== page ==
Sinfonia da Requiem, Op.20 for orchestra (October 1939 – June 1940, Britten aged 26)
1 Lacrymosa: Andante ben misurato
2 Dies irae: Allegro con fuoco
3 Requiem aeternam: Andante molto tranquillo
Dedication In memory of my parents
Short excerpts from the composer’s recording with the New Philharmonia Orchestra, made in 1964. With thanks to Decca.
2. Dies irae
3. Requiem aeternam
Background and Critical Reception
Even for Britten, the Sinfonia da Requiem has an unusual genesis. It was commissioned by the Japanese government, who were looking for a work to celebrate the 2,600th anniversary of the founding of the Japanese empire. Britten wrote the piece after an intense bout of influenza, which confined him to bed in Chicago for six weeks from February 1940.
When Britten first floated the idea of an orchestral piece with Christian subtitles it seems nobody registered the potential unsuitability of such a piece for a Japanese emperor. Even less suitable was the plan Britten had to use the commission to combine his thoughts on war with a memorial for his parents. ‘It sounds rather what they would like’, he assumed. Or rather, as Neil Powell details in his biography of the composer, he knew exactly what he was doing when he described it to Enid Slater ‘a work with plenty of peace propaganda in it’.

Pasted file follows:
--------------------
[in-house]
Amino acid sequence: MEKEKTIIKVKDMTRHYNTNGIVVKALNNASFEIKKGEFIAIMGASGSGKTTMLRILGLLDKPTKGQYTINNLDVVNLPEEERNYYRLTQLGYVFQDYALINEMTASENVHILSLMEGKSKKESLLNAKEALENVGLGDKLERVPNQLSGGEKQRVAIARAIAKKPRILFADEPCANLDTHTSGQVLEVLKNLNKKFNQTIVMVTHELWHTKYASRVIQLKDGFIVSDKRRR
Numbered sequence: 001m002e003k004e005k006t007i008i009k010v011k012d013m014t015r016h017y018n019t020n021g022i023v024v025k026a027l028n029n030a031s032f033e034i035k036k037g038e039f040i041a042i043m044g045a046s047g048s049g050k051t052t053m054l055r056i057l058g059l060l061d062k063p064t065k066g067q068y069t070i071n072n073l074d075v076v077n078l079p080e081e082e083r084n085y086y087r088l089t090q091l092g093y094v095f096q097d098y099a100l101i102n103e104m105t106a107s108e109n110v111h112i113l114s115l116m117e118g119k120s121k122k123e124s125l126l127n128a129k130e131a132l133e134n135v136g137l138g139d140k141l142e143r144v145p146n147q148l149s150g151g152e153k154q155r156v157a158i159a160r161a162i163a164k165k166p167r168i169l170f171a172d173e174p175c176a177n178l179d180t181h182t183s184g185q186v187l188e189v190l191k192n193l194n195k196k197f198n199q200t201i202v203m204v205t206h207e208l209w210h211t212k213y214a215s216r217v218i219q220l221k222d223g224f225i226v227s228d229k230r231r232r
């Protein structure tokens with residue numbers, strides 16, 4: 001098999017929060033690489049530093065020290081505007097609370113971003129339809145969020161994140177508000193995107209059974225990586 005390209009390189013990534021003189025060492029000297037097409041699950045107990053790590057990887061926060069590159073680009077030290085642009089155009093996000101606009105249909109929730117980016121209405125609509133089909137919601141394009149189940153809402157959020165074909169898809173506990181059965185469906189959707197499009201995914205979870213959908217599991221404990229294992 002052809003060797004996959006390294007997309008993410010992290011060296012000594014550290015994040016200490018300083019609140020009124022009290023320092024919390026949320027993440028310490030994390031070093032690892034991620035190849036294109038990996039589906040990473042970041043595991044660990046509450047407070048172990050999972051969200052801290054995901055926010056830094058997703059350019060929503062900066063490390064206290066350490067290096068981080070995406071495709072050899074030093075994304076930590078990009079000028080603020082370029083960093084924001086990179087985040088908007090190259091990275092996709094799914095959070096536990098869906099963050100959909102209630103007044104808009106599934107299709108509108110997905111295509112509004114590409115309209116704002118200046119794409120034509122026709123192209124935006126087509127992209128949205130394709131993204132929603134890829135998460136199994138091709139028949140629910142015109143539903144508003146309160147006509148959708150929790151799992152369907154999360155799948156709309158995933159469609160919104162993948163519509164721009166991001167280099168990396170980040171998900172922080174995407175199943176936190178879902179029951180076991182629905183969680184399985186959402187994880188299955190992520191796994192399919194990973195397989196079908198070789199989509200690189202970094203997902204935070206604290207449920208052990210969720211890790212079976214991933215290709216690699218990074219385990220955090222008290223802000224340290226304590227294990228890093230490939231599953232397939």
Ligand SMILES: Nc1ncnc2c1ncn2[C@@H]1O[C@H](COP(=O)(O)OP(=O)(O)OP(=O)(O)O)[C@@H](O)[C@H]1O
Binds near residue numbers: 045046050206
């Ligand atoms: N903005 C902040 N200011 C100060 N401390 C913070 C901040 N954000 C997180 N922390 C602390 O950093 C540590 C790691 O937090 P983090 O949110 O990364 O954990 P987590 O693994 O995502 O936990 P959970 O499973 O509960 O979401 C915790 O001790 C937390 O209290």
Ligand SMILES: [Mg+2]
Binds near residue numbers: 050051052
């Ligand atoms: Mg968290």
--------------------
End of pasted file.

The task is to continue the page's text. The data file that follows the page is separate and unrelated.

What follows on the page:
Michael Oliver writes about the irony that Britten’s country was then at war with Japan’s principal ally, Germany, and notes also that the titles chosen for the three movements ‘are as appropriate to a symphony of mourning as they are to one about the horror of war’. He then goes on to assert that ‘Britten’s answer to the question ‘symphonic or dramatic?’ is a resolute ‘Both!”
Reception was predictably mixed. Sir John Barbirolli conducted the first performance in New York on 29 March 1941. Paul Kildea remarks in his Britten biography of how, on the occasion of the work’s first UK performance in 1942 Jack Westrup ‘continued his pre-war campaign against Britten, as if nothing had changed’. His review said that ‘Britten has published work after work displaying a complete technical assurance; and if nothing but technical assurance were looked for, there would be nothing but praise for his music. What disturbed this critic was the feeling that the technique had become an end in itself’.